This group of patients included 7 cases with no medical history, 1 with auto immune disease, 1 with dysthyroidism, 3 having dyslipidemia and 3 others with diabetes mellitus knowing that a patient was both diabetic and dyslipidemic and finally one with hypertension. Our study showed that the latter is one out of the 18 patients with a history of hypertension that did not suffer from syncope after receiving a dose of ephedrine prior to the procedure. Indeed, syncope occurred during his first neuraxial block and consequently a prophylactic dose of ephedrine was used when he showed up for a second time leading to a stable blood pressure throughout the intervention and an absence of a vasovagal reaction.
In addition, infiltration status concerning a procedure is an important factor to take into consideration. A study done by Hanefeld et al. found that presyncope was more frequent during the first treatment with lumbar paravertebral nerve root infiltration in comparison to repeated application of this therapy . Our study also showed similar results with cases having had an infiltration for the first time representing 59.6% of the occurrence of VVS. In addition, a study done by Bravo et al. suggested that in the pre-donation phase the risk factors are mainly demographic characteristics of donors (young age and first‐time status) and the stimuli for fainting may be primarily psychological . In our study, concerning spinal infiltration, the use of SSRIs was slightly higher in cases and only 47.9% of them were calm during admission. As for the age factor, having a median lifespan of cases around 45.16 ± 11.42, the study included a low number of young patients since back pain has a higher incidence with age.
A study done by Deacon et al. treating fear of needles and vasovagal reactions among phlebotomy patients concluded that a subgroup of approximately 2% of phlebotomy patients endorsed significant concerns about injections. Among these concerns, a probable diagnosis of needle phobia and being disgusted by needles were strongly associated with adverse reactions to injections. The use of needles is an important factor associated with VVS . This can be the cause of increased anxiousness hence the cause of syncope in the pre- and per procedurephase.
Enduring an interventional procedure combines both physical and psychological challenges. Pain procedures like spinal infiltrations are interventional techniques used for back and cervical pain but even though complications of these injections are rare awareness is essential. Vasovagal syncope is a complication that can be prevented in high risk patients. Because some intervention measures have been shown to be effective in reducing the risk of fainting reactions, it becomes important to evaluate the characteristics of the donors most likely to react and the intervention period with the highest risk of occurrence of VVS so that appropriate interventions can be selected for reactions in each period. In consequence, the results of our study suggest taking preventive measures for VVS for first time infiltration status especially if appearing in an anxious state. This reaction can largely be avoided with gentle handling of the patient and proper counseling and adequate preventive ephedrine can be used. In addition, ephedrine is to be used in a positive history of VVS in previous interventional procedures or in the occurrence of presyncope. Since VVS is likely to occur during an infiltration due to a lower blood pressure a slow and careful injection technique is to be used as well as fluid supplementation.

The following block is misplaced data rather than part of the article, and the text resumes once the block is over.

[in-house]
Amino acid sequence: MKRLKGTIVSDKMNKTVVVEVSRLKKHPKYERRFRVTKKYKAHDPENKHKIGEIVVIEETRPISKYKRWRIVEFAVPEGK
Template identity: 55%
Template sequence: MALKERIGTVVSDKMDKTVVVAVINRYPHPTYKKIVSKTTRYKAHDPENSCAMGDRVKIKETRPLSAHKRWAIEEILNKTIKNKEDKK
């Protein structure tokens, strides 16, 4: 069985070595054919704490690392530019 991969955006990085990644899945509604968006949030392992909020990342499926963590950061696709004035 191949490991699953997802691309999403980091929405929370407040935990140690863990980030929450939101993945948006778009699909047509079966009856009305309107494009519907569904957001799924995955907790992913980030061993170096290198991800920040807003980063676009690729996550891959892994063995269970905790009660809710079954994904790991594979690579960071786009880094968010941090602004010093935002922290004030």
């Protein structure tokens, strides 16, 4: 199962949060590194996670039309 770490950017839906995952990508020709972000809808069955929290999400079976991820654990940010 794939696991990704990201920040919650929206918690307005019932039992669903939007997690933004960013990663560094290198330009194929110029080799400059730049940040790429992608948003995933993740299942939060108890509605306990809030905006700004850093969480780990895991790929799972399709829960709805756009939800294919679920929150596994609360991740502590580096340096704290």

Our study focused on a sample of patients taken from one hospital only and is not representative of the whole Lebanese population. Moreover, a residual confounding bias is possible since we included the demographic, medical, hemodynamic and psychological aspects related to a VVS related to a pain procedure; however more factors could be also related for the study of its occurrence. To add up, we should note the possibility that our results underestimate the true point prevalence of vasovagal syncope due to the unique characteristics of our sample. VVS has two peak incidences: one between ages 10 and 30 years, with a median peak around 15 years and the other after 70 years. Nevertheless, back or cervical pain is most likely to occur in adult patients excluding teenagers. Finally, the lack of electrocardiograms in patients enduring VVS cannot exclude cardiogenic syncope.
Availability of data and materials
There is no public access to all data generated or analyzed during this study to preserve the privacy of the identities of the individuals. The dataset that supports the conclusions is available to the corresponding author upon request.
Head upright tilt test
Selective Serotonin Reuptake Inhibitor
Angiotensin receptor blocker
Nil per os (nothing by mouth)
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The authors would like to thank the mothers for accepting to be part of this study.
Ethics approval and consent to participate
This study protocol was approved by the ethics committee of the Notre Dame des Secours University Hospital. A written informed consent was obtained from each patient.
Consent for publication
The authors disclose no conflicts of interest.
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Souheil Hallit and Souheil Chamandi are last coauthors.
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Kamar, S., Hallit, S. & Chamandi, S. Vasovagal syncope related to pain procedures in a pain clinic at a tertiary Lebanese hospital between 2016 and 2019. BMC Res Notes 14, 133 (2021). https://doi.org/10.1186/s13104-021-05541-8
- Pain procedure
- Vasovagal syncope
- Blood pressure
- Heart rate